A campaign to save money and help the environment by using energy efficient light bulbs
Monday, January 28, 2008
China : co-ordinated efforts to make CFLs 90% cheaper
The China Daily
has published a report
which says that National Development and Reform Commission has established a subsidy for the makers of energy saving light bulbs which will reduce the cost of 150 million compact fluorescent lamps by 2010.
Additional subsidies by Beijing's municipal government and district governments mean that CFLs will soon be available in Beijing for only 10% of their original cost.
Energy-saving light bulbs do save energy, but many residents refuse to use them simply because they are several times more expensive than the traditional versions. They do not see the long-term benefits of saving energy, focusing instead on the bulbs' higher up-front costs.
Still, people really cannot be blamed for this situation. They need to be persuaded to see the long-term benefits of adopting such technology.
A new scheme set up by the National Development and Reform Commission to subsidize the makers of energy-saving light bulbs will cut the prices of such bulbs in half, bringing them to a level that consumers will be able to accept.
It is estimated that the price cuts will unleash the sale of 150 million energy-efficient light bulbs to residents and working units in the remaining three years of the 11th-Five-Year Plan period (2006-10). As a result, carbon dioxide emissions are projected to fall by 29 million tons.
The program is a great idea indeed. It will not only help the country hit its goal of cutting energy consumption per unit of GDP by 20 percent and reducing polluting emissions by 10 percent by the end of 2010, but it will also support the central government's plan to return money to taxpayers in the form of benefits.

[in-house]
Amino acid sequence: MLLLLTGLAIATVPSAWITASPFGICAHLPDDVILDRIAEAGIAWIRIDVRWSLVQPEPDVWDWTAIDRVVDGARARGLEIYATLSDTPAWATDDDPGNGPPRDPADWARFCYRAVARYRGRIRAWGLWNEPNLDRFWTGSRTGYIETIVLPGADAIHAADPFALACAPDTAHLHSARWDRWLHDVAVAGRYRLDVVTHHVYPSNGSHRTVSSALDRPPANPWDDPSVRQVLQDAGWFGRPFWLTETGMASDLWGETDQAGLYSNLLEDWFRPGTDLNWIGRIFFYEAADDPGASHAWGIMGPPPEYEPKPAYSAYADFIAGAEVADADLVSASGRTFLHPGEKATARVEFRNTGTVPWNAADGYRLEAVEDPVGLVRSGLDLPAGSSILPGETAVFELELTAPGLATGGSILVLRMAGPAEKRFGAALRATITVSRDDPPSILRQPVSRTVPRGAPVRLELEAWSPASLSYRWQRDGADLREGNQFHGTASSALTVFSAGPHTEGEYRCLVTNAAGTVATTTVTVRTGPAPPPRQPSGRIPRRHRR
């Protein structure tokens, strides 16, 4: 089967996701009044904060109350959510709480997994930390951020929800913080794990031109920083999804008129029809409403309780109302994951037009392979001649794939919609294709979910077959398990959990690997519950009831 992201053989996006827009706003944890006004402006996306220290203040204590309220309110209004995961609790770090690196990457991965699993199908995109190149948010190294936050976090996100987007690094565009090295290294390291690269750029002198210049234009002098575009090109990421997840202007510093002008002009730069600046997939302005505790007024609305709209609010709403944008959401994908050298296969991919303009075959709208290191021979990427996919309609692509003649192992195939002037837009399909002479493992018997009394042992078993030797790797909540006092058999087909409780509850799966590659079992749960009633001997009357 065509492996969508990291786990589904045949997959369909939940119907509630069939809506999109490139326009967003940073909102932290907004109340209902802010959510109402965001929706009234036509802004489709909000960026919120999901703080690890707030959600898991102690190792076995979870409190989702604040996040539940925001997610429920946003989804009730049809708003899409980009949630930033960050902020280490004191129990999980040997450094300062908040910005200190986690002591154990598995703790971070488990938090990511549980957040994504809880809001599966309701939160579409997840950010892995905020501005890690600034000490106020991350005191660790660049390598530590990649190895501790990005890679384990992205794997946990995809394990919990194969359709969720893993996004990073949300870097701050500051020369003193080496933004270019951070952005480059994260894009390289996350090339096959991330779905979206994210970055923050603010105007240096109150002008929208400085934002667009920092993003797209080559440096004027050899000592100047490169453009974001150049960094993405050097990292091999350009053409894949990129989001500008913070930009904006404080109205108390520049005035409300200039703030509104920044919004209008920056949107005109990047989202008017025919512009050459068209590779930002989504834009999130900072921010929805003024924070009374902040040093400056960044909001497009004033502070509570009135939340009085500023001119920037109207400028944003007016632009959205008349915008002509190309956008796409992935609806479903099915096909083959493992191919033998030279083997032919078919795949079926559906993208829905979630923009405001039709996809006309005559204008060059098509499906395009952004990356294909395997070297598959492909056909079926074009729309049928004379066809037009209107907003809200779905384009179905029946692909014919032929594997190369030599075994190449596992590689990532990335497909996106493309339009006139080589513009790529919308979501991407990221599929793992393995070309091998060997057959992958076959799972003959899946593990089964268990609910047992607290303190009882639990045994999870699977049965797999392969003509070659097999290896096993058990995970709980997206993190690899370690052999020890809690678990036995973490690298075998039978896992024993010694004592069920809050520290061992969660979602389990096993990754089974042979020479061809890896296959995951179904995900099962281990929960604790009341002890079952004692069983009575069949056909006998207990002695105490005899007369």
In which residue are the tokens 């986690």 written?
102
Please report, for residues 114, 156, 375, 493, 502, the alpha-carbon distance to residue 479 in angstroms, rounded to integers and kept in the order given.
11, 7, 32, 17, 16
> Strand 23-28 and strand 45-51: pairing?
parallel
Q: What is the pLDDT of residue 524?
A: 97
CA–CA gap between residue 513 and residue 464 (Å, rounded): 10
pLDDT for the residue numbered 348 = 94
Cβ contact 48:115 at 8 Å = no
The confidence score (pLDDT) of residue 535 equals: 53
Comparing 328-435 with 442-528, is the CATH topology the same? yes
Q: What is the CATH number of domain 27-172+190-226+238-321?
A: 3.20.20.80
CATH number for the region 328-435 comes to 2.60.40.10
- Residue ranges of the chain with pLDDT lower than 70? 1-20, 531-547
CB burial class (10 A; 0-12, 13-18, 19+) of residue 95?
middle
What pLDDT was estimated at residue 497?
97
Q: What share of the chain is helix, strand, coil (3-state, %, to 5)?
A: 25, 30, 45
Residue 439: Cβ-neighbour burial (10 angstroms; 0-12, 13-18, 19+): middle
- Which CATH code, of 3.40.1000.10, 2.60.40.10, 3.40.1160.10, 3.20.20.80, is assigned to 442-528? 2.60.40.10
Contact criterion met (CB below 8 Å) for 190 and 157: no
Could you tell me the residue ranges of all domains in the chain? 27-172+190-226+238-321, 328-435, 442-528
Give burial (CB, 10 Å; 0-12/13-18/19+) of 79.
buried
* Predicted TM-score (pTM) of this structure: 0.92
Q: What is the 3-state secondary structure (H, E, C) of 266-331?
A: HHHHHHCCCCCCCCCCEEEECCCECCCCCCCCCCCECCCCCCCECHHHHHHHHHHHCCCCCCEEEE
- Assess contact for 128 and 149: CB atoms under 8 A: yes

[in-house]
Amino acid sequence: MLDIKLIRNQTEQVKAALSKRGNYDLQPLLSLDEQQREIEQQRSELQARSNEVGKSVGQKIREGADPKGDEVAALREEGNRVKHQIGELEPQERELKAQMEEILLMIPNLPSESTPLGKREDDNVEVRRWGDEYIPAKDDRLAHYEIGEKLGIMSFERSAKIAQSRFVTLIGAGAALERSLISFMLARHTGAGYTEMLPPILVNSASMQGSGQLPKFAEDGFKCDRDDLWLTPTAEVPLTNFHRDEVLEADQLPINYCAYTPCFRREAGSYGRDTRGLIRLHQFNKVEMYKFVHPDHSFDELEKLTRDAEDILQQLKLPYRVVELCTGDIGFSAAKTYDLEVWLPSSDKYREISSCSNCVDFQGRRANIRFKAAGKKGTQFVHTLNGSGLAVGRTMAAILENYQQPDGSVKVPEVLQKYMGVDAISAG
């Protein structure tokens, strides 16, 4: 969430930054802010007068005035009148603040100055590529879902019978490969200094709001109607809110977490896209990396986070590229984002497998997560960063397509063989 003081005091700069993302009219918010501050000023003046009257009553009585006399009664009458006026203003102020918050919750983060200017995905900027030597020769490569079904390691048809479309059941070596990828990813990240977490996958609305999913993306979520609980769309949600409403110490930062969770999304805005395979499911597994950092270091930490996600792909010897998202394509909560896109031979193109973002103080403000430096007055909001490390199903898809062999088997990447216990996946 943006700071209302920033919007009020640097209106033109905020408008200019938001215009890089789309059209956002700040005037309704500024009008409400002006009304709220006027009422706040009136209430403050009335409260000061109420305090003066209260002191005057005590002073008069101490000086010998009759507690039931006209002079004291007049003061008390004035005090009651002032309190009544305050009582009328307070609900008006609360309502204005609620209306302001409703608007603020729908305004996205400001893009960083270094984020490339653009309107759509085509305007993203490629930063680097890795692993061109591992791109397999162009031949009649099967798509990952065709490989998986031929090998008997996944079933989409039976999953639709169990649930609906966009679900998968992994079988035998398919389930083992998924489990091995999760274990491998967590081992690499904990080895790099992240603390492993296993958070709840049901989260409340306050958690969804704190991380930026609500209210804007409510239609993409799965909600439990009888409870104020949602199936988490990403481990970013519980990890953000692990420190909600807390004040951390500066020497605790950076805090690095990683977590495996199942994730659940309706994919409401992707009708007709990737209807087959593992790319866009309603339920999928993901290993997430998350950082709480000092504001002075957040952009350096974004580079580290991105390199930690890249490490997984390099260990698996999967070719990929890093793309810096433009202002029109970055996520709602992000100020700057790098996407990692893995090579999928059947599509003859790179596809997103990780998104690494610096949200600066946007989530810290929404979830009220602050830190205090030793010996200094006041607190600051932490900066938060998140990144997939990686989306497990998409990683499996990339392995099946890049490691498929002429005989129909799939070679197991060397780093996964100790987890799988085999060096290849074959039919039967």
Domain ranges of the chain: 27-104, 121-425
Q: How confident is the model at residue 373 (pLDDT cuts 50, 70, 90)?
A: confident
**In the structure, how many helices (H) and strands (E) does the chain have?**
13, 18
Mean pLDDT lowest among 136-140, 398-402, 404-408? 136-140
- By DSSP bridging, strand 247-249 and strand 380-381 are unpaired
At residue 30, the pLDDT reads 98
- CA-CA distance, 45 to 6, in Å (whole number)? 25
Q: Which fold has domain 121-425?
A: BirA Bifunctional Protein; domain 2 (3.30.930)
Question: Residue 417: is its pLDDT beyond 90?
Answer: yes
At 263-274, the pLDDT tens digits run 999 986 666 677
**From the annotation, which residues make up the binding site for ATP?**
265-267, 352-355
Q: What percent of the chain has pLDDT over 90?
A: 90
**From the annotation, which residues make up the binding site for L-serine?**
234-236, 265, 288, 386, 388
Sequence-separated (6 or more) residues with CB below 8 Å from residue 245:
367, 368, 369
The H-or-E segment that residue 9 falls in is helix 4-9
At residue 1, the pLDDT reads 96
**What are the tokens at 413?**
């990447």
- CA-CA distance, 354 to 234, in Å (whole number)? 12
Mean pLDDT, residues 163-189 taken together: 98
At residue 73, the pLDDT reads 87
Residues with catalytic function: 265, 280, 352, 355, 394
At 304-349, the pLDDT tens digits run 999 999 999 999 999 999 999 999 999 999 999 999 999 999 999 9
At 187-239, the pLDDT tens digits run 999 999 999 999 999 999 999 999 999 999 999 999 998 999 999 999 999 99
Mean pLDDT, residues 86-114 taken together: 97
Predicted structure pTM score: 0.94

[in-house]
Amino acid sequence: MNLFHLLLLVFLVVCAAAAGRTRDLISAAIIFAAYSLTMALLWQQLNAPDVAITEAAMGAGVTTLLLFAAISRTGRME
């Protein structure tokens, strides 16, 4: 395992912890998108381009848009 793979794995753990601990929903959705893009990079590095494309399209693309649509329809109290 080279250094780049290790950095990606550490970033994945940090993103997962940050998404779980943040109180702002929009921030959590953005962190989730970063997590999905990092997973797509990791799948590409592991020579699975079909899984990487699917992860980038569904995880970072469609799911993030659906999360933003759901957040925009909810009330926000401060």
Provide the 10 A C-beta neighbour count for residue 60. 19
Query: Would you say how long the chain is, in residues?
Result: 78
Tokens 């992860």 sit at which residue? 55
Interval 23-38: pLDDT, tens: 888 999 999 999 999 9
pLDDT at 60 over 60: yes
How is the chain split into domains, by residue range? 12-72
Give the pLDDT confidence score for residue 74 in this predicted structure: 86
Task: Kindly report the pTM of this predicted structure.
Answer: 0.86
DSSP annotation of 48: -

Meanwhile, Beijing's municipal government will subsidize an additional 30 percent worth of price cuts, and district governments will contribute another 10 percent, making energy-saving light bulbs just a tenth of their original cost.
Beijing will implement the scheme on trial basis in its downtown West District, with the goal of getting all families use the bulbs. The authorities hope the cheap prices will bring this target within easy reach.
Beijing has undoubtedly set a good example for the rest of the country. It is hoped that other provinces and cities will follow suit.
In a country with a population of 1.3 billion people, getting every single person to voluntarily take part in the campaign to save energy will have a huge impact on the amount of resources consumed and therefore the amount of pollution produced.
Looked at from this perspective, the plan to put energy-saving light bulbs in every home should represent a massive effort on the part of the public to protect the environment.
Labels: Beijing, cheaper, China, low energy lamps, subsidies
by Matt Prescott
Friday, January 25, 2008
The Sun: light bulb distribution project a big success
In a high innovative collaboration which involved Scottish and Southern Energy
, the UK's biggest newspaper, The Sun
, has distributed 4 million energy saving light bulbs
in a single day.
Their special offer was heavily promoted for the week leading up to the distribution of light bulbs last Saturday.
This is one of the best examples in the world of a media organisation using its ability to communicate with large numbers of people to explain the benefits of using energy saving light bulbs and helping ordinary people to become actively involved in efforts to tackle climate change.